EU and national policymakers, research and industry representatives challenged each other to think about the meaning of energy efficiency and sufficiency concepts for the EU, its governments and its citizens.
The SUPEERA project, a flagship initiative of the European Energy Research Alliance and its partners, has the objective to support the coordination of research and innovation programmes in low-carbon energies. The webinar "Energy Sufficiency and Efficiency in the Fit for 55 Context: Challenges & Opportunities for Clean Energy Research" successfully showed the potential that coordinating efforts could have in advancing talks and knowledge-sharing in the field. With more than 100 participants, the diversity of the profiles assisting enriched the discussion and created a favourable environment for cross-cutting interaction.
The event was opened by Mr Radoš Horáček, representing the Directorate General for Energy in the European Commission. He presented the main features of the latest legislative proposals on energy efficiency, showing the Commission's plan to achieve a 9% reduction in energy consumption by 2030. Although the Member States should take up the goal, the current ambitions do not seem to coincide with the measures indicated in the countries' National Energy and Climate Plans (NECPs).
In this respect, Article 8 of the proposed revised Energy Efficiency Directive sets out the direction of policymaking in the next years, mainly excluding from the Commission’s energy efficiency calculations the savings coming from direct fossil fuel combustion. The main opportunities in terms of R&I challenges, in Mr Horáček's words, lie in better smart metering and appliances, coupled with the use of big data. Still, a mindset change will be key for energy efficiency efforts to become feasible. In particular, regarding the topic of energy sufficiency, the main impasse is represented by the heavy regulatory nature of the concept, which clashes with the objectives of the Commission in terms of growth.
The point of view of a Member State was brought forward by the second speaker, Mr Wolfgang D'Innocenzo, from the Permanent Representation of Italy to the European Union. He underlined the challenges in proposing EU standards for energy efficiency, as each Member State has specific conditions that might hamper or favour different approaches. Mr D'Innocenzo also highlighted that the energy efficiency principle, a key feature of the proposed revised Energy Efficiency Directive, might be limited in its application at individual project level by the systemic priorities of each country. He eventually raised doubts on implementing the energy sufficiency principle in a market economy without the risk of creating distortions in the system. When asked to express a point of view on the possibility of an annual carbon quota granted to every EU citizen (similarly to the current ETS system for EU industries), Mr D'Innocenzo expressed his interest in the idea. Still, he warned about the bureaucratic burden of its implementation.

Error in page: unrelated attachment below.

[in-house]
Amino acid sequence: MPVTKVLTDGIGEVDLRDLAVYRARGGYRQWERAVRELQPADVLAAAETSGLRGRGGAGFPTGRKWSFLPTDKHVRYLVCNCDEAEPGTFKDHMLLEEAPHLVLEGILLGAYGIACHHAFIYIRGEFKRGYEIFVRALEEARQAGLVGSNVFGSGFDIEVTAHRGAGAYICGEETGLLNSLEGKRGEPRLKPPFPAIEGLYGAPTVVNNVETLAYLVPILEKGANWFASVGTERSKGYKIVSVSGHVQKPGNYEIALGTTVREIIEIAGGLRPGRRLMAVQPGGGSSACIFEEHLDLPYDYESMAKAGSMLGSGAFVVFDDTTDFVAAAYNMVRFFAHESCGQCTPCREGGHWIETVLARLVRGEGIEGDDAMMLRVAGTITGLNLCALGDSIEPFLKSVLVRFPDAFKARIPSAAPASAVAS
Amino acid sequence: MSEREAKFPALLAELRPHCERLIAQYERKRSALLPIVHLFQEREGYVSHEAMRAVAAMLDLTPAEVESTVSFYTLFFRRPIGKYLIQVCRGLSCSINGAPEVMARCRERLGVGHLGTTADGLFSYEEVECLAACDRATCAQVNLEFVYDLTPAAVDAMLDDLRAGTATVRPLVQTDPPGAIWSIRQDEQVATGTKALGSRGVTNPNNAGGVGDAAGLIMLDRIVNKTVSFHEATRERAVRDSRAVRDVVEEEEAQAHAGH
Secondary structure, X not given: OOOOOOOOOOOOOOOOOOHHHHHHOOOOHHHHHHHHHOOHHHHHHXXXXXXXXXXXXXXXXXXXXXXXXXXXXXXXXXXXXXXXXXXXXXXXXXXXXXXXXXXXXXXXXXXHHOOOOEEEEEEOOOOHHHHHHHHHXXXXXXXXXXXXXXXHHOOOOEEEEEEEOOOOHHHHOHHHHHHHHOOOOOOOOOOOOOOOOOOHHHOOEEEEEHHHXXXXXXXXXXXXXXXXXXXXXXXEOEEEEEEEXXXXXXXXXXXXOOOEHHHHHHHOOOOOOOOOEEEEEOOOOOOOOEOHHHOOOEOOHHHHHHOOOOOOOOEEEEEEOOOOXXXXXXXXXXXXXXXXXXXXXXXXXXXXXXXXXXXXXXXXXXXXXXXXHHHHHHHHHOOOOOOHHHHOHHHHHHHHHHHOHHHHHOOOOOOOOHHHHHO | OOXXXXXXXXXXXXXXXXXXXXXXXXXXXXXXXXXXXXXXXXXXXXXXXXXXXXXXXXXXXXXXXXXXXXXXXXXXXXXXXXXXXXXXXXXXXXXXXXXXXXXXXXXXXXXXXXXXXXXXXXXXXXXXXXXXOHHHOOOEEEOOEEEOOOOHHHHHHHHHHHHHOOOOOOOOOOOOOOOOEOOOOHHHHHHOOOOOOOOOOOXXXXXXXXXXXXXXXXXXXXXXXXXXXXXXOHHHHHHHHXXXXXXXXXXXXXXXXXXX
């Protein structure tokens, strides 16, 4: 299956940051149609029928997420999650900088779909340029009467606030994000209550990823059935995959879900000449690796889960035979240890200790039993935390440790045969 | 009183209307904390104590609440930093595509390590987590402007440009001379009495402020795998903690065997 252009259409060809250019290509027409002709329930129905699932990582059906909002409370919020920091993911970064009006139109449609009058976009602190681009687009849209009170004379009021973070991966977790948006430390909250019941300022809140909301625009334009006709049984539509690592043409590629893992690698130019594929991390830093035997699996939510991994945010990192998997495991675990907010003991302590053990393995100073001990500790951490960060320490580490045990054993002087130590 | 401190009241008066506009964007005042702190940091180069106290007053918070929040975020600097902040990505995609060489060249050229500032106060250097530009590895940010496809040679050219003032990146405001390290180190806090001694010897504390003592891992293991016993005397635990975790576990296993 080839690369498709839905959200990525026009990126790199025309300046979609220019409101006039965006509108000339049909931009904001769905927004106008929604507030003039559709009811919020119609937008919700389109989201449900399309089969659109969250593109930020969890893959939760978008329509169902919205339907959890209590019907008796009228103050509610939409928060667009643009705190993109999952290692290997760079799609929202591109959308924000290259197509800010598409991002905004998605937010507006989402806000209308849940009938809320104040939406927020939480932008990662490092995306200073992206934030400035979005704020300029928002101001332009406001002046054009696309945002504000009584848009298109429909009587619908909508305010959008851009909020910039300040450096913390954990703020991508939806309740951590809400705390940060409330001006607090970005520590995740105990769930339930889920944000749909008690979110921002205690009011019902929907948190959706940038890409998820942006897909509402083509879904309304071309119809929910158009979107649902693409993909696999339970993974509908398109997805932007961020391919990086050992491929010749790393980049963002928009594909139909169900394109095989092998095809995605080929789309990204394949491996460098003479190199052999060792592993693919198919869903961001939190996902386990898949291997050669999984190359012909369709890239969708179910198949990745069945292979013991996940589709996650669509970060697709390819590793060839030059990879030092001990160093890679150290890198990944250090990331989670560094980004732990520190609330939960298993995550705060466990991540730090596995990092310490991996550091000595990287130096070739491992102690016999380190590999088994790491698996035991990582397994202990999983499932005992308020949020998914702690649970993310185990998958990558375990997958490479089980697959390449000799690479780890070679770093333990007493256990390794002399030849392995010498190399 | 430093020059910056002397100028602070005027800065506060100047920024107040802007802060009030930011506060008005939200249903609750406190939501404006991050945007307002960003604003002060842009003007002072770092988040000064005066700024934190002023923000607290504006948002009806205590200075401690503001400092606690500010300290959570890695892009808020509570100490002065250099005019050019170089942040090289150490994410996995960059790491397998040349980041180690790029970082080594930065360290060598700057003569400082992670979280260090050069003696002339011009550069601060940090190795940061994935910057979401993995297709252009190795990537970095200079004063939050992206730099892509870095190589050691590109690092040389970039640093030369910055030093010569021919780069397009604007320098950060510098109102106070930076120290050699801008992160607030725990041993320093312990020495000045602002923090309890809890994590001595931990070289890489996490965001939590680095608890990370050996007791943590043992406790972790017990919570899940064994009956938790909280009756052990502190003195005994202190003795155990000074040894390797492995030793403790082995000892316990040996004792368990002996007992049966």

The fundamental nature of continuous research efforts was the focal point of Ms Yvonne van Delft's intervention, representing the EERA Joint Programme on Energy Efficiency in Industrial Processes. The expert brought fundamental data to the conversation, showing that industry reached its peak in terms of energy efficiency throughout the 1990s until 2007. When comparing the 2007-2021 period, the pace of improvement has been slow-moving or non-existent in specific sectors. To invert this trend, and according to Ms Van Delft, industry needs to implement new production systems. In this respect, energy research in decarbonisation will be crucial, as green objectives will require increasing energy demand linked to hydrogen production and CO2 capture systems. Therefore, in the view of the expert, it is necessary to see such conditions taken into consideration by EU policies, starting from the currently proposed ‘Fit for 55’ legislation package.
The discussion was concluded by Mr Jakob Hebsgaard Mogensen, who brought to the audience's attention the successful experience of Green Lab Skive. A public-private initiative, GreenLab is a one-of-a-kind business park focused on producing in an environmentally friendly way. More than this, it represents an integrated system of renewable energy sources and industrial production, firmly imprinted on circular economy practices and green planning. With multiple companies coexisting in a single space exploiting a wind and solar farm, Mr Mogensen explained how GreenPark manages everything from energy production, storage, heating and cooling to highly smart industrial production. In the words of the speaker, this infrastructure shows that other realities could manage to create both growth and green production, concepts often put in contrast with each other. Answering to points raised by other speakers and questions by the audiences, Mr Mogensen underlined that, in his perspective, industry would respond better to energy sufficiency practices by incentives and not by regulation.
The four pitches showed a high level of intertwining, with speakers addressing the same topics from different points of view and interacting both with each other and the audience. The conversation led to the emergence of challenging questions and possible points of action for energy efficiency and the clean energy transition. The webinar clearly showcased how joining forces can positively impact all sectors, favouring the emergence of an innovation ecosystem that will enable the energy efficiency and sufficiency efforts needed to achieve climate neutrality by 2050.